More Philly Stuff
To further clarify the record, the transcript of the relevant exchange between Justin Rigali and Inky religion writer David O'Reilly was published in this morning's paper:
O'Reilly: Do you think parishiponers ought to read it? Would it be of any value for the people to be reading this?Elsewhere in the pages, political consultants are asked about the value of the archdiocese's message-strategy
Rigali: KYW radio mentioned yesterday that it's very graphic in its description.
We think that the report gives a slanted view. As I mentioned, it would have neen so useful if what the archdiocese has done in order to face the future, the efforts of the archdiocese in regard to the education of teachers and in regard to the education of children -- all of that could have been explained, publicized. What a contribution it could have been.
But in view of the fact that there are so many limitations to the report, and all of these prolonged explanations of the sexual abuses, I don't think it is of value to families to be reading this report. It is very important that everybody knows that the terrible examples of sexual abuse exist and that this is a societal problem, not a Catholic issue. This transcends all societty, and, unfortunately, is found in so many families, and that this is a problem that needs to be faced in the various organizations and denominations.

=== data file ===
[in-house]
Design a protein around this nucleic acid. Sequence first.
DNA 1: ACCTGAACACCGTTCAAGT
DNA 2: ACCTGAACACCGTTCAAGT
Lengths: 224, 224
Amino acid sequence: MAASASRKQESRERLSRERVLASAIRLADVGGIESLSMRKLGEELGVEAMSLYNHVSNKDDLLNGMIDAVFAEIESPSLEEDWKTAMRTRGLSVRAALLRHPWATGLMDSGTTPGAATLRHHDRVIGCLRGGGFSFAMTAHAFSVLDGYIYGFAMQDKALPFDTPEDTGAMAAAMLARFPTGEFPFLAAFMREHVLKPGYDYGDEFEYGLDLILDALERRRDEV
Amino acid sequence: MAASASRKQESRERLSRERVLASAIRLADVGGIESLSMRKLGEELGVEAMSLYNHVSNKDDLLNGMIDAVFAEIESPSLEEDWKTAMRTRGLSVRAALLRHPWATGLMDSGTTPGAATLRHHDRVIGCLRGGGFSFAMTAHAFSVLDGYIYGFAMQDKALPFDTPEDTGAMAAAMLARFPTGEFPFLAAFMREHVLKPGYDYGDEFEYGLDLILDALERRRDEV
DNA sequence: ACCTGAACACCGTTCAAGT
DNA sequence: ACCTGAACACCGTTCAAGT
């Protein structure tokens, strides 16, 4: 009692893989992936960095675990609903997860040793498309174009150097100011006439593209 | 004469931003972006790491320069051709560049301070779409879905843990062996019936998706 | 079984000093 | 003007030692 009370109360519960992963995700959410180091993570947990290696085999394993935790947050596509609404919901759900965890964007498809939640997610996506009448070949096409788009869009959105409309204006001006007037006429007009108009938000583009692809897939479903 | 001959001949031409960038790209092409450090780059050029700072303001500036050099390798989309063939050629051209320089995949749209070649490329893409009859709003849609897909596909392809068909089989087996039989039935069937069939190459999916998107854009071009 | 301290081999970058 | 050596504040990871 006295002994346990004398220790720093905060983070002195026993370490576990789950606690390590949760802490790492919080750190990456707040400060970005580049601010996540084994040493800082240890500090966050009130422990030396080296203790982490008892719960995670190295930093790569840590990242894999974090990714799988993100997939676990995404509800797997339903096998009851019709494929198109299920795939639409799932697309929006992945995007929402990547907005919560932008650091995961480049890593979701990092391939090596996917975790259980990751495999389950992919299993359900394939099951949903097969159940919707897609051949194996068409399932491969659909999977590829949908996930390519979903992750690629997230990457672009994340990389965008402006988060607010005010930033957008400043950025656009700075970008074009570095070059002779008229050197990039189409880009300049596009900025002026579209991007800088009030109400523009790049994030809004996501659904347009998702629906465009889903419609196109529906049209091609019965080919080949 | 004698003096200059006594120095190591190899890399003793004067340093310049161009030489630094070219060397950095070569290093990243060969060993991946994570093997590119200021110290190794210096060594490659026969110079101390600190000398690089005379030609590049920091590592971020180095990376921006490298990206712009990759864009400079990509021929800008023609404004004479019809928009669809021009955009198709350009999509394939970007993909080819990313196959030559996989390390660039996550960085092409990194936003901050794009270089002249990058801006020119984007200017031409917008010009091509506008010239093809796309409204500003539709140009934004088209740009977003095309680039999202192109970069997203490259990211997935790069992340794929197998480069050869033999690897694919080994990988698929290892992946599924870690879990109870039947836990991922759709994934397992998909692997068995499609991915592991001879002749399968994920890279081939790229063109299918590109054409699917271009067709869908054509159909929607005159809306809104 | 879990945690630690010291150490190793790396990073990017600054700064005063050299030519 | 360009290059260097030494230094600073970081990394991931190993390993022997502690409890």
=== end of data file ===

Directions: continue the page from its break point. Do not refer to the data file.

On another note, Rigali's giving a lecture at Villanova Monday night on "Catholic Higher Education and the Church in the World of the Future" in commemoration of the 40th anniversary of Gaudium et Spes.
"It's right out of the textbook," Hank Sheinkopf, a Democratic media consultant from New York, said of the archdiocesan approach.
"In crisis management, it is always better to have one of the major actors be a conciliatory figure or someone people have sympathy for, and another [actor] aggressively defending," Sheinkopf said.
Last year, advisers to former New Jersey Gov. James McGreevey, including Sheinkopf, pursued a similar strategy when a former aide threatened a lawsuit over an alleged homosexual affair. McGreevey resigned and took the high road - announcing his homosexuality and apologizing for mistakes in judgment - as his lawyers and political allies savaged the former aide in the media as an extortionist and worse.
Look for those vaunted Conciliar colors to come out.